Both debaters make claims. Any claims that are only supported by circular arguments will be ignored. If an honest claim that's supported by a good argument is disputed, the honest debater will pay to recurse, and will give their good argument
I see myself as trying to construct a theory of normativity which gets that "by construction", IE, we can't expect to find any mechanism which does better because if we could say anything about what that mechanism does better then we could tell it to the system, and the system would take it into account.
Nice, this is what I was trying to say but was struggling to phrase it. I like this.I guess I usually think of HCH as having this property, as long as the thinking time for each human is long enough, the tree is deep enough, and we're correct about the hope that natural language is sufficiently universal. It's quite likely I'm either confused or being sloppy though.You could put 'learning the prior' inside HCH I think, it would just be inefficient - for every claim, you'd ask your HCH tree how much you should believe it, and HCH would think about the correct way to do bayesian reasoning, what the prior on that claim should be, and how well it predicted every piece of data you'd seen so far, in conjunction with everything else in your prior. I think one view of learning the prior is just making this process more tractable/practical, and saving you from having to revisit all your data points every time you ask any question - you just do all the learning from data once, then use the result of that to answer any subsequent questions.
However, that only works if we have the right prior. We could try to learn the prior from humans, which gets us 99% of the way there... but as I've mentioned earlier, human imitation does not get us all the way. Humans don't perfectly endorse their own reactions.
Note that Learning the Prior uses an amplified human (ie, a human with access to a model trained via IDA/Debate/RRM). So we can do a bit better than a base human - e.g. could do something like having an HCH tree where many humans generate possible feedback and other humans look at the feedback and decide how much they endorse it.I think the target is not to get normativity 'correct', but to design a mechanism such that we can't expect to find any mechanism that does better.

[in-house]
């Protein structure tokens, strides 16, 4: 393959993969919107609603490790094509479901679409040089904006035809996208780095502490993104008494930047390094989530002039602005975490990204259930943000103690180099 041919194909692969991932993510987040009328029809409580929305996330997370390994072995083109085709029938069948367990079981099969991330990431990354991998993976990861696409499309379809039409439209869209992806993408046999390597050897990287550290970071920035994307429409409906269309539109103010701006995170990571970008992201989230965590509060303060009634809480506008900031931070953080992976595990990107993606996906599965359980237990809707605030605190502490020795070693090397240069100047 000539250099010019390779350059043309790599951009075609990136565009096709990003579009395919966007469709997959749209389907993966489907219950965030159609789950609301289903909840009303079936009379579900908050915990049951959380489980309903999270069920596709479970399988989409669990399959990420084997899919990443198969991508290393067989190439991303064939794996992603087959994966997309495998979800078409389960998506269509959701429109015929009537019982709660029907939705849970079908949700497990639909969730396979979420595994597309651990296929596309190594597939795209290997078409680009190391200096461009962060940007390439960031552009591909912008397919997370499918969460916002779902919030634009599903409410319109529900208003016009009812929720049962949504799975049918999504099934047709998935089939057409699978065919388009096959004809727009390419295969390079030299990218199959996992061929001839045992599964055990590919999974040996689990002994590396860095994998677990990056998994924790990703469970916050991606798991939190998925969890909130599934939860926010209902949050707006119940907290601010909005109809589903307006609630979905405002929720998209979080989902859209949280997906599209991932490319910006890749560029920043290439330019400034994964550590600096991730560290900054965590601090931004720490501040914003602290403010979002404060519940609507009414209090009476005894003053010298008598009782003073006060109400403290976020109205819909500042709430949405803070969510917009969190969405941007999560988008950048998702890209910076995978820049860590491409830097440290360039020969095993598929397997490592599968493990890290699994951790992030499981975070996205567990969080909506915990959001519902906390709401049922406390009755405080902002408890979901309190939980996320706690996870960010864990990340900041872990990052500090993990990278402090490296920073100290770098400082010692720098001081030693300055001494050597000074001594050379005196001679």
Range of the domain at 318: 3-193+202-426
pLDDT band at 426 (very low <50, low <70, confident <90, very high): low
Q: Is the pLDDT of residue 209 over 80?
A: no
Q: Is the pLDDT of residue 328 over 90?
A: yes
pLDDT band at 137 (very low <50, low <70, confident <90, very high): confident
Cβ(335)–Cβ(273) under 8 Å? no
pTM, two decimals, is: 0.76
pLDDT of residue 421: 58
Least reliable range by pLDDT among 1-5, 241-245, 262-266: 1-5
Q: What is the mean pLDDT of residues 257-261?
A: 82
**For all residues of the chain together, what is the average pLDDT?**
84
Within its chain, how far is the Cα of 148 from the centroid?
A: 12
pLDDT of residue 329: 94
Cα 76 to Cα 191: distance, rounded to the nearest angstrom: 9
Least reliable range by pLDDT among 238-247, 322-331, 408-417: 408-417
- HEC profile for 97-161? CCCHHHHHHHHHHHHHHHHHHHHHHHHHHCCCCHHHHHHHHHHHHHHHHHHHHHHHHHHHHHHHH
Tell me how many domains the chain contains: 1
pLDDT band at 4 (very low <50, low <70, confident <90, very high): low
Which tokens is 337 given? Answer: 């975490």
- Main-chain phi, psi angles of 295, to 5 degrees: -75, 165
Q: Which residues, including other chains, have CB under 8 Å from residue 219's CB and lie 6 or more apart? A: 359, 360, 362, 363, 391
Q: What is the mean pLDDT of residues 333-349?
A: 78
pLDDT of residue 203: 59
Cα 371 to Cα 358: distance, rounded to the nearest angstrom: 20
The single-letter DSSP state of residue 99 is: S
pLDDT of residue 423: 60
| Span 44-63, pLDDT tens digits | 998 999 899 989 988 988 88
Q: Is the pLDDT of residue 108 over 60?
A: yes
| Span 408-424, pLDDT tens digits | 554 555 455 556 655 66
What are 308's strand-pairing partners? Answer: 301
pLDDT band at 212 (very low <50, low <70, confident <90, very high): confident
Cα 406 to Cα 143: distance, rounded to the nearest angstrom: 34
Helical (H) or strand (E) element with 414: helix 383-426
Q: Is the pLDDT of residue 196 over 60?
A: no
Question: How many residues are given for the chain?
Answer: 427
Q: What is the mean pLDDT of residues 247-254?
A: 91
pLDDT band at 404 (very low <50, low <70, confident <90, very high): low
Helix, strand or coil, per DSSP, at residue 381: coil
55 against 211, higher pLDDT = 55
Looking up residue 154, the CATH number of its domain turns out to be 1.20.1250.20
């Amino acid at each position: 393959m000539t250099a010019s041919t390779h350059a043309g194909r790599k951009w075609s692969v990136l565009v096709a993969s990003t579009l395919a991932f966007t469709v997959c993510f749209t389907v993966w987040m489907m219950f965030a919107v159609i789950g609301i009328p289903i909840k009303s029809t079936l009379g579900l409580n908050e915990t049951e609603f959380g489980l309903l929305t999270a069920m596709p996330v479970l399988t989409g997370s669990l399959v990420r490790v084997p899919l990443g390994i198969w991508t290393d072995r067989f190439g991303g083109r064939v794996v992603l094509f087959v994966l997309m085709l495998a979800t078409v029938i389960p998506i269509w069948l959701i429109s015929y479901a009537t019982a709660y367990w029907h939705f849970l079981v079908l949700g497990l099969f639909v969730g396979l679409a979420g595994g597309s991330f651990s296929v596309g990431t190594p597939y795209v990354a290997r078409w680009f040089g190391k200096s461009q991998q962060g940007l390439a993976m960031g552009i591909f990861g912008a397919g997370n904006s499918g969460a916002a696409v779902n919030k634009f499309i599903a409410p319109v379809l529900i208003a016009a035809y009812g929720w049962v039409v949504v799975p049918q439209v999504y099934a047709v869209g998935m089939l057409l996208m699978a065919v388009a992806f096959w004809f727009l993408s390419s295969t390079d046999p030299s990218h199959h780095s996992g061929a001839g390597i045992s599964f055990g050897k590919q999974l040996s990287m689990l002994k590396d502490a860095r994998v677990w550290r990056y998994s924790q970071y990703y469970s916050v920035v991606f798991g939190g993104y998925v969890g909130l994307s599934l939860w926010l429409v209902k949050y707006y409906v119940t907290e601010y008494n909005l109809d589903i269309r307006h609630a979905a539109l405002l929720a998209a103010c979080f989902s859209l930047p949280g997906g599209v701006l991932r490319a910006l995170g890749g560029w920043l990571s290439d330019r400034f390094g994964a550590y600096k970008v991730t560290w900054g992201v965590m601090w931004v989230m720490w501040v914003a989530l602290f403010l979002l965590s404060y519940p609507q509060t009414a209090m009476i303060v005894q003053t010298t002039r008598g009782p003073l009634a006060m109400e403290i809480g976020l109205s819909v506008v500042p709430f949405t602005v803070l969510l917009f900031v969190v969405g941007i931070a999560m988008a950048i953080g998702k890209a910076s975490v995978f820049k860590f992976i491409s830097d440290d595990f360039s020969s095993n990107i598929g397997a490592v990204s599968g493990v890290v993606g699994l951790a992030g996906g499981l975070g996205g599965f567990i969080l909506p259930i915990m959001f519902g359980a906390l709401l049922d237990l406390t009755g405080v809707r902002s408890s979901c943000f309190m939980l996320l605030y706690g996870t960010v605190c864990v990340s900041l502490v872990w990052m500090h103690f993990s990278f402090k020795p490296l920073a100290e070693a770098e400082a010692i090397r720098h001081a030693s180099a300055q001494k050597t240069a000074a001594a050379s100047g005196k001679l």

FYI/nit: at first glance I thought extorsion was supposed to mean something different from extortion (I've never seen it spelt with the s) and this was a little confusing.
Ah, yeah. I think the key thing is that by default a claim is not trusted unless the debaters agree on it. If the dishonest debater disputes some honest claim, where honest has an argument for their answer that actually bottoms out, dishonest will lose - the honest debater will pay to recurse until they get to a winning node. If the the dishonest debater makes some claim and plan to make a circular argument for it, the honest debater will give an alternative answer but not pay to recurse. If the dishonest debater doesn't pay to recurse, the judge will just see these two alternative answers and won't trust the dishonest answer. If the dishonest debater does pay to recurse but never actually gets to a winning node, they will lose.Does that make sense?
Suppose by strong induction that M always gives the right answer immediately for all sets of size less than n
Pretty sure debate can also access R if you make this strong of an assumption - ie assume that debaters give correct answers for all questions that can be answered with a debate tree of size <n. I think the sort of claim that's actually useful is going to look more like 'we can guarantee that we'll get a reasonable training signal for problems in [some class]'Ie, suppose M gives correct answers some fraction of the time. Are these answers going to get lower loss? As n gets large, the chance that M has made a mistake somewhere in the recursion chain gets large, and the correct answer is not necessarily rewarded.
I think for debate you can fix the circular argument problem by requiring debaters to 'pay' (sacrifice some score) to recurse on a statement of their choice. If a debater repeatedly pays to recurse on things that don't resolve before the depth limit, then they'll lose.
But note that humans are far from fully consequentialist, since we often obey deontological constraints or constraints on the types of reasoning we endorse.
I think the ways in which humans are not fully consequentialist is much broader - we often do things because of habit, instinct, because doing that thing feels rewarding itself, because we're imitating someone else, etc.
Yep, or in comments. Thanks!
That's correct about simultaneity.
Yeah, the questions and answers can be arbitrary, doesn't have to be X and ¬X.
I'm not completely sure whether Scott's method would work given how we're defining the meaning of questions, especially in the middle of the debate. The idea is to define the question by how a snapshot of the questioner taken when they wrote the question would answer questions about what they meant. So in this case, if you asked the questioner 'is your question equivalent to 'should I eat potatoes tonight?'', they wouldn't know. On the other hand, you could ask them ' if I think you should eat potatoes tonight, is your question equivalent to 'should I eat potatoes tonight?''. This would work as long as you were referring only to what one debater believed you should eat tonight, I think.
I feel fairly ok about this as a way to define the meaning of questions written by debaters within the debate. I'm less sure about how to define the top-level question. It seems like there's only really one question, which is 'what should I do?', and it's going to have to be defined by how the human asker clarifies their meaning. I'm not sure whether the meaning of the question should be allowed to include things the questioner doesn't know at the time of asking.